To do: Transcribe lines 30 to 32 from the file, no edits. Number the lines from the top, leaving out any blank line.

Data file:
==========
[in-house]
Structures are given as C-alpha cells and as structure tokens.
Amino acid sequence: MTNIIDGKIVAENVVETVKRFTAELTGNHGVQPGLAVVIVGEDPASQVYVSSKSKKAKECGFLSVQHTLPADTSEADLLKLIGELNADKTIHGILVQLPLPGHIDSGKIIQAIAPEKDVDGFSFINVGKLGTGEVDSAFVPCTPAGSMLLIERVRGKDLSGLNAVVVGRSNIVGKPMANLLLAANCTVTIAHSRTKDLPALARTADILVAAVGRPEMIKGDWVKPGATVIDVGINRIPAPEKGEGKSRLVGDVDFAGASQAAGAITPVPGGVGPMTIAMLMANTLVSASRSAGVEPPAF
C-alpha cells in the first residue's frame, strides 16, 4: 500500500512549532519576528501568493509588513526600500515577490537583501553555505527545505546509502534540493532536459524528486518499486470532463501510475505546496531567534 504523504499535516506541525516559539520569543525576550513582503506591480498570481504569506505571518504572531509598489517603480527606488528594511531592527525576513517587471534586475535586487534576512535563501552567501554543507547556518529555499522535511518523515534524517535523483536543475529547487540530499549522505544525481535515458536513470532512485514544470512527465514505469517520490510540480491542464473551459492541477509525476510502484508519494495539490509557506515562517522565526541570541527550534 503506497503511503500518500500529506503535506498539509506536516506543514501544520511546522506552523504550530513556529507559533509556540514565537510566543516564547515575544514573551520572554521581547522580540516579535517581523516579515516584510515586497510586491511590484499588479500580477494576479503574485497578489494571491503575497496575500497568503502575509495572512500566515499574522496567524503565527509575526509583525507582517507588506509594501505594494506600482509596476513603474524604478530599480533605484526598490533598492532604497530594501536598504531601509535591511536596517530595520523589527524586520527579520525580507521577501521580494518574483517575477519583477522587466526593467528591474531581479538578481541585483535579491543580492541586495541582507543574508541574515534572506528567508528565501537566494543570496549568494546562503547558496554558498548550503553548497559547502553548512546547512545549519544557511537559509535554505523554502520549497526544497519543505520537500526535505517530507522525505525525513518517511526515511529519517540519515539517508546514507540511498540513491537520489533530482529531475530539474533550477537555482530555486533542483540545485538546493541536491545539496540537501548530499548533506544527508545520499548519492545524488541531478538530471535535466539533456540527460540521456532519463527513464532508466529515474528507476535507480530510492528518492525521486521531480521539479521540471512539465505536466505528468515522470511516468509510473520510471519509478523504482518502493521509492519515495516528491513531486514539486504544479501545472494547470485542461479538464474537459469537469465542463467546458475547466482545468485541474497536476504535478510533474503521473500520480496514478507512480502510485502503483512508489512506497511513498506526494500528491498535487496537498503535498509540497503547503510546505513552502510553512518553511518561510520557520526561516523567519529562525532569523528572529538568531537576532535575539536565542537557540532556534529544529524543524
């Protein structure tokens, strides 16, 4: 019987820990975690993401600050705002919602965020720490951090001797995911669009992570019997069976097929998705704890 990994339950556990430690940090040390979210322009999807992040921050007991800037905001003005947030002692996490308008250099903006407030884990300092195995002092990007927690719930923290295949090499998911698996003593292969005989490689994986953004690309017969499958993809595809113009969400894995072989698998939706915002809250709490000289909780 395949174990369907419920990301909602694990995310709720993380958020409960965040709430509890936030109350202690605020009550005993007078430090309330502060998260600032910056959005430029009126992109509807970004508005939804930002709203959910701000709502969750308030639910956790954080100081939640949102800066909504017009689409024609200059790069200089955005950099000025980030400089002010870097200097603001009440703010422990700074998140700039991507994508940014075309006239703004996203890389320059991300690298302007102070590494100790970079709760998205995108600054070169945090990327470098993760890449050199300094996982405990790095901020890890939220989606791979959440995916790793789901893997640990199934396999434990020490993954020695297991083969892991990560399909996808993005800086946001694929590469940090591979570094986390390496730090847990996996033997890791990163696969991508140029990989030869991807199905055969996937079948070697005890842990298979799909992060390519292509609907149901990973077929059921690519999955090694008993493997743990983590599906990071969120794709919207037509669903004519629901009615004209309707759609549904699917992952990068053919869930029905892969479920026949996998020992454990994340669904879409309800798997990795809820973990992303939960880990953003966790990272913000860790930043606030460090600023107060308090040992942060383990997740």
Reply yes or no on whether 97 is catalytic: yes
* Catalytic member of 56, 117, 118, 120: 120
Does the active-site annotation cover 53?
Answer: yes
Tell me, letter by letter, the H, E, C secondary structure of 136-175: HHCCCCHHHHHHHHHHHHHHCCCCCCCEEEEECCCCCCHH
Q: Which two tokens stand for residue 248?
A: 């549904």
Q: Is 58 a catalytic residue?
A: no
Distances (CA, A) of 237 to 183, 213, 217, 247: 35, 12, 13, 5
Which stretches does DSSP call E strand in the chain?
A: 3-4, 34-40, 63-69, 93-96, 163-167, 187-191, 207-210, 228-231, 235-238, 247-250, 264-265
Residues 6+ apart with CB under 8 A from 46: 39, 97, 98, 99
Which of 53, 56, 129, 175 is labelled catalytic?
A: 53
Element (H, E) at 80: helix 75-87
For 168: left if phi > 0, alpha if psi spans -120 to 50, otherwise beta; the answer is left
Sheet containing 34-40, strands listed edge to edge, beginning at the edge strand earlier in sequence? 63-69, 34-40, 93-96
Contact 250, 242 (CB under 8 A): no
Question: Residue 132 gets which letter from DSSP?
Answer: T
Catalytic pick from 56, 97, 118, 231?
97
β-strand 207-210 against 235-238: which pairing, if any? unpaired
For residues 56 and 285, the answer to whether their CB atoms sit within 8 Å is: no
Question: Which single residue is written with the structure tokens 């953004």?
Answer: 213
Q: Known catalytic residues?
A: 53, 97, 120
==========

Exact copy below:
For residues 56 and 285, the answer to whether their CB atoms sit within 8 Å is: no
Question: Which single residue is written with the structure tokens 């953004």?
Answer: 213